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Familiar Face

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As the cold steel door opened widely, a gust of warm and inviting air hit my face. I stepped into the unfamiliar kitchen tasked with making dinner.

On a chilly November evening, a group of friends and I went to volunteer at Home Base, a Phoenix shelter that helps out homeless teenagers, to make the residents’ dinner. We were to make sloppy joes, salad, roasted potatoes, and brownies.

I, as well as two of my friends, were in charge of making the salad; mind you, the only salad that I can make comes prepackaged and cooking is not really my forte. My hands started to shake when I attempted to cut the tomatoes and carrots. We finished making the salad and stared at the mess that we created. It looked like a tornado had just gone through; carrot peels, random lettuce leaves, and little pieces of tomato were scattered all over the counter. As we were cleaning up, the pleasant aroma of thyme and rosemary filled the room leaving our mouths watering.


As soon as we were finished cleaning, we were allowed to take a tour around the buildings. Our “tour guide” showed us the entertainment room, gym, and we were even allowed to go inside one of the dorms. Many of the furniture were donated by people with hearts of gold. When the tour was finished, we went back into the kitchen to get ready to serve dinner.

Armed with various serving spoons, we diligently lined up behind the counter. People started to enter the dining area, grabbed their food and sat down at the tables talking to their friends. Many were talking work, school, or the recent episode of Gossip Girl.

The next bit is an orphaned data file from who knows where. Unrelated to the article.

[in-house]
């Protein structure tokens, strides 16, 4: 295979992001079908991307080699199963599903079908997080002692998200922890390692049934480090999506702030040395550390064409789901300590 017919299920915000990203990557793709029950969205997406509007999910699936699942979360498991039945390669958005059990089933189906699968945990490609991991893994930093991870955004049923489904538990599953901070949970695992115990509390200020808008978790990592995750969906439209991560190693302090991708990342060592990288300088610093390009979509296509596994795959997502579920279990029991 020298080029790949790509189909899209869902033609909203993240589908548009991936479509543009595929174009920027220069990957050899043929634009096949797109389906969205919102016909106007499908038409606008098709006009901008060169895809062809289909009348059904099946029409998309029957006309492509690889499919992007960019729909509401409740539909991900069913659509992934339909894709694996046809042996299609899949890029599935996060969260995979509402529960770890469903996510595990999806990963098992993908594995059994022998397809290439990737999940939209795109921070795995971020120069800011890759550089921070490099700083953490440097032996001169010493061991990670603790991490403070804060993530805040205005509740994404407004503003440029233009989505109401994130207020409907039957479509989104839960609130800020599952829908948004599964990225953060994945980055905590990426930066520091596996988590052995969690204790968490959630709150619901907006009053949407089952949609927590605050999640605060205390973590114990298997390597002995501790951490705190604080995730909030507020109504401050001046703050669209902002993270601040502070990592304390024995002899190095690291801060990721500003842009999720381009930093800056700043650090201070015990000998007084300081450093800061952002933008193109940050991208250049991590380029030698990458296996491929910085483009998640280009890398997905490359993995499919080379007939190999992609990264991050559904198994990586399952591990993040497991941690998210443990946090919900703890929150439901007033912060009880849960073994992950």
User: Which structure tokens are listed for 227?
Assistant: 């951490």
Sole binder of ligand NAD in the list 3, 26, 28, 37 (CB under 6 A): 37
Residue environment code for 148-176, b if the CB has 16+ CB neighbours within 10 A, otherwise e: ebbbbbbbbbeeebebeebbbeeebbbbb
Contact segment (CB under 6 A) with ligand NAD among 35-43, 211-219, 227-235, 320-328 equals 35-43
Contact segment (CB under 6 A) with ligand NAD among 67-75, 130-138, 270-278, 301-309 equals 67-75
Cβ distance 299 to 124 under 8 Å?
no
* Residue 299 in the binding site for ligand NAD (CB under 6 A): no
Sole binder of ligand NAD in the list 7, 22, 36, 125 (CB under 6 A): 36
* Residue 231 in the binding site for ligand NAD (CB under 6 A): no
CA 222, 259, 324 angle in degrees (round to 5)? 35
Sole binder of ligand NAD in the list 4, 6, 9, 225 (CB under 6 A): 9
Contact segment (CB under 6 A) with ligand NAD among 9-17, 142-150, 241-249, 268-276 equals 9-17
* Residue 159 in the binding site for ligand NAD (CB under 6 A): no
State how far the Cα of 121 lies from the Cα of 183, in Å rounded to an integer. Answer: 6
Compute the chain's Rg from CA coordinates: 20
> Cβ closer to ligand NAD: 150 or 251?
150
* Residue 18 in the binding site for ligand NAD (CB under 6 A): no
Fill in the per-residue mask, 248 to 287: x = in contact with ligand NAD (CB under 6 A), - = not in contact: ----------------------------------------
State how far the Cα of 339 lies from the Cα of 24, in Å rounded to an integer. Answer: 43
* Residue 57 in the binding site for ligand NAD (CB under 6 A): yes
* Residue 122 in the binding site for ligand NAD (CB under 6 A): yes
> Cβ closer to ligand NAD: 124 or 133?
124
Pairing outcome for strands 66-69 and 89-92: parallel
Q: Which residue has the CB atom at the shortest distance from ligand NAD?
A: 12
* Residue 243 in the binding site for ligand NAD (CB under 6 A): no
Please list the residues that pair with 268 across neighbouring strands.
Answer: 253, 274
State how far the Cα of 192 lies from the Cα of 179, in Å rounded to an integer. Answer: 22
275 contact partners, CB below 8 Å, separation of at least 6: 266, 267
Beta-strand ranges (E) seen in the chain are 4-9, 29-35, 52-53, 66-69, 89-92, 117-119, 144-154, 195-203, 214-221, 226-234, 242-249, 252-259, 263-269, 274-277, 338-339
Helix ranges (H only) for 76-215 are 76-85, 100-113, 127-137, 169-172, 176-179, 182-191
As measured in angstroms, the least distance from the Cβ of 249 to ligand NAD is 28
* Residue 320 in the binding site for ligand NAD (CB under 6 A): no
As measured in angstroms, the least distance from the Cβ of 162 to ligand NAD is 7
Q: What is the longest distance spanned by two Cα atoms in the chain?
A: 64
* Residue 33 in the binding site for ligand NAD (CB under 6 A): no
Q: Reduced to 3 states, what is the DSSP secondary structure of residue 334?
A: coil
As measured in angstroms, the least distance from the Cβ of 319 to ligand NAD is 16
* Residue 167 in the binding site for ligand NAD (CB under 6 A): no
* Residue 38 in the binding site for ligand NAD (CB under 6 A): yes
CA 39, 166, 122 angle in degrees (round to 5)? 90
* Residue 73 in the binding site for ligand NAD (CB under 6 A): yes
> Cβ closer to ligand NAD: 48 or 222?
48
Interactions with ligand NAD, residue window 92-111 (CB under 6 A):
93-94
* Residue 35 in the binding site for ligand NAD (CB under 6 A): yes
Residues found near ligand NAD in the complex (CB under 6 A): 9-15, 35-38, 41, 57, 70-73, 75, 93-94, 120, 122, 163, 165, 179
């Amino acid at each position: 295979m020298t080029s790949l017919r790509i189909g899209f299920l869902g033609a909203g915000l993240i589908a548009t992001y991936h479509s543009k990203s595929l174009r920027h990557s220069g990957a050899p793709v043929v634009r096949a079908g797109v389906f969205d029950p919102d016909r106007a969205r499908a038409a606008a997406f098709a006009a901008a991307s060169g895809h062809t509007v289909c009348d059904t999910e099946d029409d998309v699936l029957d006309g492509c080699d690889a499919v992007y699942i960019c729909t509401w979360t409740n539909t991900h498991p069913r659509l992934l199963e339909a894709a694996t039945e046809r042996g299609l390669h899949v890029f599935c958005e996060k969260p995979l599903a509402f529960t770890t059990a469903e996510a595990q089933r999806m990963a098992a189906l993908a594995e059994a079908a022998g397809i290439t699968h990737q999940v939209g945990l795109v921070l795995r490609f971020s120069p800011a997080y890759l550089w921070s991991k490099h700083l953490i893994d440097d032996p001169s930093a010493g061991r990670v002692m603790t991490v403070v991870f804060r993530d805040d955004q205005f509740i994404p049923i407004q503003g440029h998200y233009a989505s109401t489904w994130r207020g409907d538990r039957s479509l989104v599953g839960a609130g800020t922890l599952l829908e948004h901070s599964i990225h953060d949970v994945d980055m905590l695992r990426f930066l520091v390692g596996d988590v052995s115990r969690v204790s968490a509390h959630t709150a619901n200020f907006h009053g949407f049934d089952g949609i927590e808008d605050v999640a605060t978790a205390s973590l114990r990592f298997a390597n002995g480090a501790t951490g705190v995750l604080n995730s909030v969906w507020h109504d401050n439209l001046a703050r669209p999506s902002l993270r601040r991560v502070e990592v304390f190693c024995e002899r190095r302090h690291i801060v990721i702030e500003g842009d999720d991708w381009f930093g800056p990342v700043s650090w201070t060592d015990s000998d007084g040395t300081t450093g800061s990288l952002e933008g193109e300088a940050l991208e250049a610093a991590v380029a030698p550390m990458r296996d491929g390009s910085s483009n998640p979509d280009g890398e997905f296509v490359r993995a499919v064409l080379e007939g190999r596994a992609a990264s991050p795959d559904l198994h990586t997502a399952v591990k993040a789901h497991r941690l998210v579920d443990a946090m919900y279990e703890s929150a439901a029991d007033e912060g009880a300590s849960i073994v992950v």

As my eyes scanned across the room, I found a familiar face. A face that I had seen every day last year while walking down the halls. A face that was in my Child Development class. A face that I had talked to every once and a while. I never thought that I would actually see someone that I know at a shelter. During that time, her eyes were always filled with joy, and she was always smiling. However, when I saw her that day, she was still smiling, despite her current situation. I was shocked to see such a familiar face at a shelter. Even though she was not a close friend of mine, I felt sorry for her.

On our ride back home, I realized several things that day. I realized that we should be grateful of what we have because we never know when it could be snatched away from us unexpectedly. Also, I learned that even though you might be in a difficult situation, it’s best to smile and keep your head held up high.





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